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The bells

The Bells

by Edgar Allan Poe

"The Bells" is one of Poe's famous poems, in which Poe tries to make the bells sound

real. He tries to make the sounds by using words instead of sound, which is really annoying when

you read it, because he repeats things so often in the poem. He uses words like shrieking and

twinkling. In every stanza he talks about different bells, and what noises they make, and for what

occasion they are for.

In the first stanza he talks about sleigh bells and Christmas bells. In this poem he uses the

words tinkling and jingling to represent the bells. When he uses these words, it sets a happy and

jolly type of mood for the reader. It starts the poem out in a warn and happy manner.

The second stanza has wedding bells in it. These bells also bring about feelings of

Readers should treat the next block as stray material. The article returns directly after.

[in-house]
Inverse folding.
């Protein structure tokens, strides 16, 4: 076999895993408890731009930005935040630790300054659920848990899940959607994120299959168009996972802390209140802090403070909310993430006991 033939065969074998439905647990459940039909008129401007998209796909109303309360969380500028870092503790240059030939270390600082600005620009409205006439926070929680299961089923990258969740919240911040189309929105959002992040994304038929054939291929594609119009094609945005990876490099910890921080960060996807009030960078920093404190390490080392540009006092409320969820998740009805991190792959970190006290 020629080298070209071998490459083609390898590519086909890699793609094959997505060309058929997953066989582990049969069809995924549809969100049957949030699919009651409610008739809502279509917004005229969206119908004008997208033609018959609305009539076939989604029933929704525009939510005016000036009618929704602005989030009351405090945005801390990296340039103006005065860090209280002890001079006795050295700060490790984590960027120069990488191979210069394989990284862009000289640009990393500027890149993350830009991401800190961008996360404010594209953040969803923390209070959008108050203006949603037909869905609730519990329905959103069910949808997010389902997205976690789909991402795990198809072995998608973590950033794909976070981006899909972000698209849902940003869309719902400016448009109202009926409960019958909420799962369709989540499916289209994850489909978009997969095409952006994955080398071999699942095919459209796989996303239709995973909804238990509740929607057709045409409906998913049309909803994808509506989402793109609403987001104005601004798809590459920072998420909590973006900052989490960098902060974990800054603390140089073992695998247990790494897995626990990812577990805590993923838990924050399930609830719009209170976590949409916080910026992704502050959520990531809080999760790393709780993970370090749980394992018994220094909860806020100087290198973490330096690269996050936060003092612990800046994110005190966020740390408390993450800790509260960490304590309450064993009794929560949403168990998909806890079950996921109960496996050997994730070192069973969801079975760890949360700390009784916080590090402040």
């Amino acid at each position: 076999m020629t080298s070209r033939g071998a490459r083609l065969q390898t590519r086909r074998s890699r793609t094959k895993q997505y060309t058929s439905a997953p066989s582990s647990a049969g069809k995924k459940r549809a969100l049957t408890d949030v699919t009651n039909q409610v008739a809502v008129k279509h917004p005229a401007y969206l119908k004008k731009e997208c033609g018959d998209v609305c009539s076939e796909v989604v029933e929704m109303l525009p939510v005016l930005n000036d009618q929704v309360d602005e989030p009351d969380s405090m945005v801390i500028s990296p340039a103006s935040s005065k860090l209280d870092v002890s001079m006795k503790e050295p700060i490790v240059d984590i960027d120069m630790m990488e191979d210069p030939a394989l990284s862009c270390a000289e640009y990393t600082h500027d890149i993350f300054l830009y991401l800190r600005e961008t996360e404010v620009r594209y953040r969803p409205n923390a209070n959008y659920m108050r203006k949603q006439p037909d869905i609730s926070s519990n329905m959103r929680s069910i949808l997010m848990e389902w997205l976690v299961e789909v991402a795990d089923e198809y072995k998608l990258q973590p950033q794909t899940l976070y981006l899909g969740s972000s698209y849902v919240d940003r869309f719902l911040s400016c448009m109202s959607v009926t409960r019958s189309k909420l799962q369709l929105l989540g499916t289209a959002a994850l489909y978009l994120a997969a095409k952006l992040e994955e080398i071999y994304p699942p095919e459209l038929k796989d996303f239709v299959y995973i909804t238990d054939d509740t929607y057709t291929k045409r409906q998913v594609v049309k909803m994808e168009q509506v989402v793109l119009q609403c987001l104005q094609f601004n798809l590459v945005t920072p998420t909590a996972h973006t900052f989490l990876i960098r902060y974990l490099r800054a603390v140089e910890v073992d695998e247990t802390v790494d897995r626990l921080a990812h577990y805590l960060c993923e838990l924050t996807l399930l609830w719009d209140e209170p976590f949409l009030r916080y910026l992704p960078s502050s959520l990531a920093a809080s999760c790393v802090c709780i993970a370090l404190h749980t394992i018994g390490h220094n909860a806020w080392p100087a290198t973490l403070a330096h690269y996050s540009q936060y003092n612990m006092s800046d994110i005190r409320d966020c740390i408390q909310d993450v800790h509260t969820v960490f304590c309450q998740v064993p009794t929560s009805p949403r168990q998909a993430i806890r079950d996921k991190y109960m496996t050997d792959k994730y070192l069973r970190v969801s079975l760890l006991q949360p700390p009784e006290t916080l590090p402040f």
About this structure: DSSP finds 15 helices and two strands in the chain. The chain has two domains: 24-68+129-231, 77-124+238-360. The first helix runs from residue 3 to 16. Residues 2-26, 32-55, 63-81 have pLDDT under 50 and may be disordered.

happiness, but in a different way. Although they have the same meaning of joy they clearly have

different sounds. He also describes how they bring a sense of joy, and some what of a fortune, for

the future.

In stanza three there are sounds and descriptions of alarm bells. He uses the words

clanging, clashing, and roaring to give a sense of alarm. He describes how the bells clamor and

clangor out of tune in order to send the message of alarm to those around it.

In the forth stanza there are bells that are rung for the diseased. He says that the noises

they make are mainly moans, and groans, from their rusty iron throats. This gives the feeling of

sadness and sorrow. He also makes it seem like the bells are alive, and they want to be rung

making more people dead. Which means that they are glad when death comes around.

I think that Poe repeated everything so that people get a sense of what really is happening.

But I think, when he says things over, and over like the word Bells, it starts to get boring and

annoying to me. Poe probably wrote about these different bells for all the moods he has had in his

life. This poem was hard to understand, but good. The words he used were pretty good. His

choice of words went well with his poem.

Source: Essay UK -

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